have to click on the image to get a larger view).Now start filling in faces on the feet by selecting four vertices at a time and hitting F to make a face. The sequenceof 6 images below shows this process. Faces on the feet 1. Faces on the feet 3. Faces on the feet 2. Faces on the feet 6. Faces on the feet 4. Faces on the feet 5.Extrude vertices from the sole backto make the heel (Forming the heel 1and Forming the heel 2). Eachextrude should line up with verticesin the leg, because were going tomake faces using these extrudedvertices. Forming the heel 2. Forming the heel 1.
Make faces with F to fill in the heel. Note that theres a single triangle Forming the heel 3 - there werent an even number of edge loops on the legs. Thats OK, if it ends up being a problem later in animation we can fix it. Forming the heel 3.Now add edge loops to make sufficient vertices to shape the foot. Ctrl R to make an edge loop near the sole of the foot (Sole edge loop]]). Sole edge loop. Ctrl R to make an edge loop around the middle of the foot (Middle foot edge loop). These edge loops will give the foot better shape. Middle foot edge loop. Ctrl R to make an edge loop around the ankle. This will allow the transition from the lower leg to the foot to be a little sharper. Ankle edge loop. Shaping the foot . . . you can of course shape however you want. Youre probably beginning to develop your own style of shaping, these images are just the way I did it for this character.
I selected a face loop (CTRL-ALT-MMB) , S to scale, MMB to constrain to a single axis, LMB to confirm (Shaping the foot 1 and 2). Shaping the foot 1. Shaping the foot 2. Then I pushed and pulled vertices to shape the foot. This took me a little while to get right (Shaping the foot 3). Shaping the foot 3.The finished model, with .blend fileCongratulations! If you made it this far, youve probably learned a lot about how to model in Blender.I spent some more time cleaning up and shaping the mesh. Heres the finished model, ready for materials, rigging, andanimating:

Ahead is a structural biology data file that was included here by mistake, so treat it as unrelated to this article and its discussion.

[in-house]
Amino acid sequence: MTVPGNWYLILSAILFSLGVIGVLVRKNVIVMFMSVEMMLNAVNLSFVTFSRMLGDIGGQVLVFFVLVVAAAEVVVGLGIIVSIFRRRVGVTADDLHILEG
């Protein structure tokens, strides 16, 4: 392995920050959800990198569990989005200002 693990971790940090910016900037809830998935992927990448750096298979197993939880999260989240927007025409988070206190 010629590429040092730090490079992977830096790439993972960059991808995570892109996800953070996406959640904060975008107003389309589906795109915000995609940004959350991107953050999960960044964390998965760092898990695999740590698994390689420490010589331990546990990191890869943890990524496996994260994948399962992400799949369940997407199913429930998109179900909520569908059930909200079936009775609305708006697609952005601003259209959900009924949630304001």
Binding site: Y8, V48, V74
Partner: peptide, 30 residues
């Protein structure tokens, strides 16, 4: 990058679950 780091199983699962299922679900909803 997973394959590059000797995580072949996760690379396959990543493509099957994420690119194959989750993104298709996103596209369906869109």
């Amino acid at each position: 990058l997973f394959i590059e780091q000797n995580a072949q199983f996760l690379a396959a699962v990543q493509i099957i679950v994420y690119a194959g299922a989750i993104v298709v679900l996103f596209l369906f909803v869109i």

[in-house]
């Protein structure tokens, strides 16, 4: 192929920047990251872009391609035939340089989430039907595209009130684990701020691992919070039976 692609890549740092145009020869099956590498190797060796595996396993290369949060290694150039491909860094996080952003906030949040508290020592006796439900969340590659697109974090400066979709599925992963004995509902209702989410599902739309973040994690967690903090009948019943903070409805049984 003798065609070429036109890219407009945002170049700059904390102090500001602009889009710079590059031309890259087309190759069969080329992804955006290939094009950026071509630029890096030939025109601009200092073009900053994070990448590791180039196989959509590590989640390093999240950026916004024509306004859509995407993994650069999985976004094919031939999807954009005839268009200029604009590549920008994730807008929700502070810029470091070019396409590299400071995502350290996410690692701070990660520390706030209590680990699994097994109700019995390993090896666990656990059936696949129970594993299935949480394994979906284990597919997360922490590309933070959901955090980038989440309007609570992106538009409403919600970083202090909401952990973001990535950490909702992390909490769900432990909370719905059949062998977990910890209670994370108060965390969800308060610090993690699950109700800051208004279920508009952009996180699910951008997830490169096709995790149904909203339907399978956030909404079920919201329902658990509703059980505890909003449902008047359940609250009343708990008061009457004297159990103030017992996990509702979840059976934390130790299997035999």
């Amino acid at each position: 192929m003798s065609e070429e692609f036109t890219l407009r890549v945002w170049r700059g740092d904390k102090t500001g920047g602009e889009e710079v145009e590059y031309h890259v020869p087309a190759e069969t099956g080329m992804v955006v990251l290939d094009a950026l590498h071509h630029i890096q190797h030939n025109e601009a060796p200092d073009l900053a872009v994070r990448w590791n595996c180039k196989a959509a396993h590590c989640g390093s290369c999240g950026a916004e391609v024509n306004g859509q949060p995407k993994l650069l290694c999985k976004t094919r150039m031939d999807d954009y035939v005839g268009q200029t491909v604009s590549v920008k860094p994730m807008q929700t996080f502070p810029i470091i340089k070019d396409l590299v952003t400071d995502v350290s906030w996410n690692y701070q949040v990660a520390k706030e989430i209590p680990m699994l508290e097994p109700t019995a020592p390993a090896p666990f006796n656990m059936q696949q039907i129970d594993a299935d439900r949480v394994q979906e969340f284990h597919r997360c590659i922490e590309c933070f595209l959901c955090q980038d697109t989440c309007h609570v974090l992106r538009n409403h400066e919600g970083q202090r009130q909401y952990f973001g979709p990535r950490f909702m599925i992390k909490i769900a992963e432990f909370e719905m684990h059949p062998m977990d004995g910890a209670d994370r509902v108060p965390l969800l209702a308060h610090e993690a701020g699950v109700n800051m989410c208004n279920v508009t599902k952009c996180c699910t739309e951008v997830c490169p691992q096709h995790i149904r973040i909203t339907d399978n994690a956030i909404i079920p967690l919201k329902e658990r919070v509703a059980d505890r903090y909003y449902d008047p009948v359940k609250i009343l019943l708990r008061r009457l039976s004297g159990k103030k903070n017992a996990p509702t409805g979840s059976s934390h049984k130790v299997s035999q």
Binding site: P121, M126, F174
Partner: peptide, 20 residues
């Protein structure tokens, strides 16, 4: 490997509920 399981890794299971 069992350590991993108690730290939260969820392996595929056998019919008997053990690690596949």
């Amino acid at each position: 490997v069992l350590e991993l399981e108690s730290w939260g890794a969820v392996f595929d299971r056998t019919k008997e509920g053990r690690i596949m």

The finished body. Summary: We created the torso, legs, and feet in a series of extrudes and vertex movements. Heres the file available for download: Media:Tutorial_body.blendNext: LightingPrevious: Neck, shoulders, and armsBack to IndexRetrieved from"http://mediawiki.blender.org/index.php/BSoD/Introduction_to_Character_Animation/Torso_legs_and_feet" This page was last modified 23:28, 25 July 2006.
BSoD/Introduction to Character Animation/LightingFrom BlenderWiki< BSoD | Introduction to Character Animation Contents 1 Lighting and rendering 2 Add a camera 3 Add a Lamp 4 Test Render 5 RenderingLighting and renderingWith a character modeled, now we can work on setting up the lighting and outputting the scene to an image ("rendering").The default Blender scene has a cube, a lamp, and a camera. In the first step of this tutorial, we deleted all of that so wehad a fresh scene. Now well add a camera to the scene so we can render it, and lamps for lighting.Add a cameraA camera is a special kind of object in Blender. The cameras view will determine the view of the final output, whetherits an image or an animation. Move the 3D Cursor somewhere where you can see it ( LMB ). Switch to Front View ( NumPad 1 . Add a camera with Space >>Camera. This will add a camera wherever the 3D Cursor is, but it doenst matter where that happens to be. Were going to move the camera. Note theres now another object in the scene (The camera). The square part is the front of the camera, and a black arrow points up so you know which direction the camera is facing. The camera.